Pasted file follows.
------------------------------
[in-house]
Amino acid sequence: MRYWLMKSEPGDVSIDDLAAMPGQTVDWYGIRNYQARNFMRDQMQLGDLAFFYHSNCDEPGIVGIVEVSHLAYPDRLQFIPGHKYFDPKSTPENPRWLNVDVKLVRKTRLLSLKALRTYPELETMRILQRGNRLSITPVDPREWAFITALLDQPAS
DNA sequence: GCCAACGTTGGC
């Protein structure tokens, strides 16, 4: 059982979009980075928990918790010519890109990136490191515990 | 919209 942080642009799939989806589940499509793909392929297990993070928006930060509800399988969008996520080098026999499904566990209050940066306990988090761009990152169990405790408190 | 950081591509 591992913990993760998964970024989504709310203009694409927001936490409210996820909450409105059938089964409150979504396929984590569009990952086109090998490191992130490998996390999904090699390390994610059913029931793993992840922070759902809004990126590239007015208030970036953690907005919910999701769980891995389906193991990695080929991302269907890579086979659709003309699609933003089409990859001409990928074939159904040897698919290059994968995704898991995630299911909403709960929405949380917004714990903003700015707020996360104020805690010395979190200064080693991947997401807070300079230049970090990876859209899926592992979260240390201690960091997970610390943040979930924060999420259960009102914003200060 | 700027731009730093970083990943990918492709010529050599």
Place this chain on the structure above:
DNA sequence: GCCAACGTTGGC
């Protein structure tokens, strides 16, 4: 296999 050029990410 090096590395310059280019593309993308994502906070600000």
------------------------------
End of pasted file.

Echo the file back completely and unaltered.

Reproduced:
[in-house]
Amino acid sequence: MRYWLMKSEPGDVSIDDLAAMPGQTVDWYGIRNYQARNFMRDQMQLGDLAFFYHSNCDEPGIVGIVEVSHLAYPDRLQFIPGHKYFDPKSTPENPRWLNVDVKLVRKTRLLSLKALRTYPELETMRILQRGNRLSITPVDPREWAFITALLDQPAS
DNA sequence: GCCAACGTTGGC
């Protein structure tokens, strides 16, 4: 059982979009980075928990918790010519890109990136490191515990 | 919209 942080642009799939989806589940499509793909392929297990993070928006930060509800399988969008996520080098026999499904566990209050940066306990988090761009990152169990405790408190 | 950081591509 591992913990993760998964970024989504709310203009694409927001936490409210996820909450409105059938089964409150979504396929984590569009990952086109090998490191992130490998996390999904090699390390994610059913029931793993992840922070759902809004990126590239007015208030970036953690907005919910999701769980891995389906193991990695080929991302269907890579086979659709003309699609933003089409990859001409990928074939159904040897698919290059994968995704898991995630299911909403709960929405949380917004714990903003700015707020996360104020805690010395979190200064080693991947997401807070300079230049970090990876859209899926592992979260240390201690960091997970610390943040979930924060999420259960009102914003200060 | 700027731009730093970083990943990918492709010529050599």
Place this chain on the structure above:
DNA sequence: GCCAACGTTGGC
């Protein structure tokens, strides 16, 4: 296999 050029990410 090096590395310059280019593309993308994502906070600000």